Economic Exploitation: 1948-1971
Charles Smith of the Financial Times, London in an article in 1971 wrote:
…If East Bengal is amongst the 8 poorest countries in the world it has to be partially attributed to the very fact that it is a part of Pakistan.
…in 1937, at partition, East Bengal was actually better off than the west wing in a number of important aspects.
…As for the future East Pakistan’s well watered countryside looked more promising for development than the relatively arid west.
…What East Pakistan did not have, however, and has never possessed until today, was political power – and it was the exercise of power by the leadership in the west that started the rot.
Conflict in East Pakistan
-  Edward S. Mason, Lamont University Professor Emeritus, Harvard University.
-  Robert Dorfman, Professor of Economics, Harvard University.
-  Stephen A. Marlin, Professor of Economics Harvard University
The basic facts seem to support the East Pakistani charge of economic domination by the West. The economic disparities between East and West Pakistan have been so serious for so long that the Pakistan Government’s highest planning authority has been forced to take official not of them…
East Pakistan blame three instruments of the Central Government for their plight:-
- Pakistan’s scant investible resources, plus foreign aid, are directed unduly to the development of West Pakistan – to the comparative neglect of East Pakistan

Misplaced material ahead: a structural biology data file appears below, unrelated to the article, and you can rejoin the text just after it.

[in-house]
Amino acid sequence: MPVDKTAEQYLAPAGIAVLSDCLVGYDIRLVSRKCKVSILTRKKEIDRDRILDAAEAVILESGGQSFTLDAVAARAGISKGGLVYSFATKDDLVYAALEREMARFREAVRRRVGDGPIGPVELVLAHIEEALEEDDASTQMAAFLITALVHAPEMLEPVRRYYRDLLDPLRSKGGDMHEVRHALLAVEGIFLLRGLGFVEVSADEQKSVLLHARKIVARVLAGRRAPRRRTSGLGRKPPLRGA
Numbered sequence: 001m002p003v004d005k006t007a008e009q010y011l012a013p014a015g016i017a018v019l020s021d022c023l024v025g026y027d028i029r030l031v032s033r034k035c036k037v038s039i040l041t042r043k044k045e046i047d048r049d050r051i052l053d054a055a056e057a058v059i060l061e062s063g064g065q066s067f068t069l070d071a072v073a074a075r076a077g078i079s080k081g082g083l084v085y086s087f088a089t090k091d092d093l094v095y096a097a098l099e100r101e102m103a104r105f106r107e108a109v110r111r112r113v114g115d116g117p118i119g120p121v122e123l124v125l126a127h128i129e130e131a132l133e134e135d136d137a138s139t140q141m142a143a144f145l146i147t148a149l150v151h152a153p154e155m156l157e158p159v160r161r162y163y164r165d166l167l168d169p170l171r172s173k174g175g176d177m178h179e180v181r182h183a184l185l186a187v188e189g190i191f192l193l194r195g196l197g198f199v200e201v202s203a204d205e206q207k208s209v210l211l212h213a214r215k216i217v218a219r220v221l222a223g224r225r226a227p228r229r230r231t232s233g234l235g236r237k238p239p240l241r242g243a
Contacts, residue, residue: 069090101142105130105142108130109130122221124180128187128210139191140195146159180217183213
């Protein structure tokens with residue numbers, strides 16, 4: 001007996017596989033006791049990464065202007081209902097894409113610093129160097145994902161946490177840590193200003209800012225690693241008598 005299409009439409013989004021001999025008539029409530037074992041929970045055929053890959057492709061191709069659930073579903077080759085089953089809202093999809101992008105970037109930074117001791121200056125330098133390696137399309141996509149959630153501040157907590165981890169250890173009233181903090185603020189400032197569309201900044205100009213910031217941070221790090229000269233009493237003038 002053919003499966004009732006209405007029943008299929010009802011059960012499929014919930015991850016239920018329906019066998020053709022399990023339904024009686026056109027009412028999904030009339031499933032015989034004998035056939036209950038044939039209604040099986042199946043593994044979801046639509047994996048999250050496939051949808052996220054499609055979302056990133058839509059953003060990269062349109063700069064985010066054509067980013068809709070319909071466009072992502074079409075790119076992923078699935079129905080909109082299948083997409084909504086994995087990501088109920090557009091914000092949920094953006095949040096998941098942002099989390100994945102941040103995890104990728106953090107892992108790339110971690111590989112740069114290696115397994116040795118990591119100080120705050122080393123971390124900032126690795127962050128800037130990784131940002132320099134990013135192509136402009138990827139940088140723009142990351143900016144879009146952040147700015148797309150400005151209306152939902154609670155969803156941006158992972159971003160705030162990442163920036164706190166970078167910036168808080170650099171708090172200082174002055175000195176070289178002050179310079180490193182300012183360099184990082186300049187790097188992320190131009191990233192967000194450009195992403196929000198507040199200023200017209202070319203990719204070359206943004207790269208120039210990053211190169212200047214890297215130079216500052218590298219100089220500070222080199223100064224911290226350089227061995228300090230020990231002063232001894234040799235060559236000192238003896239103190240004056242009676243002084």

- In particular, East Pakistan’s foreign trade earning are diverted to finance imports for West Pakistan.
- Economic policy favors West Pakistan at the expense of East Pakistan. Specifically, tariffs, import controls, and industrial licensing compel East Pakistan to purchase commodities from West Pakistan which, but for the controls could be obtained more cheaply in world markets.
Economic Exploitation: 1948-1971 Part II
Reports of the Advisory Panels for the Fourth Five Year Plan 1970-75, Vol. I, published by the Planning commission of Pakistan
- From 1948-60 East Pakistan’s export earnings had been 70%, but its share of import earnings was only 25%.
- A sizable net transfer of resources had taken place from East to West Pakistan. The report states that, if allowance is made for the undervaluation of foreign exchange in terms of Pakistan’s domestic currency, the total transfer from East to West Pakistan over the period 1948/49-1968/69 was Rs 31,000,000,000 [1971 terms]. Using the then exchange rate of Rs 11.90 to the dollar, this worked out to 2.6 thousand million dollars in 1971 terms.
- In 1948 there were 11 textile mills in the East and only 9 in the West.
- In 1971 there were 26 in the East as opposed to 150 in the West.
- East Pakistan’s economy transformed from a surplus one to a deficit one.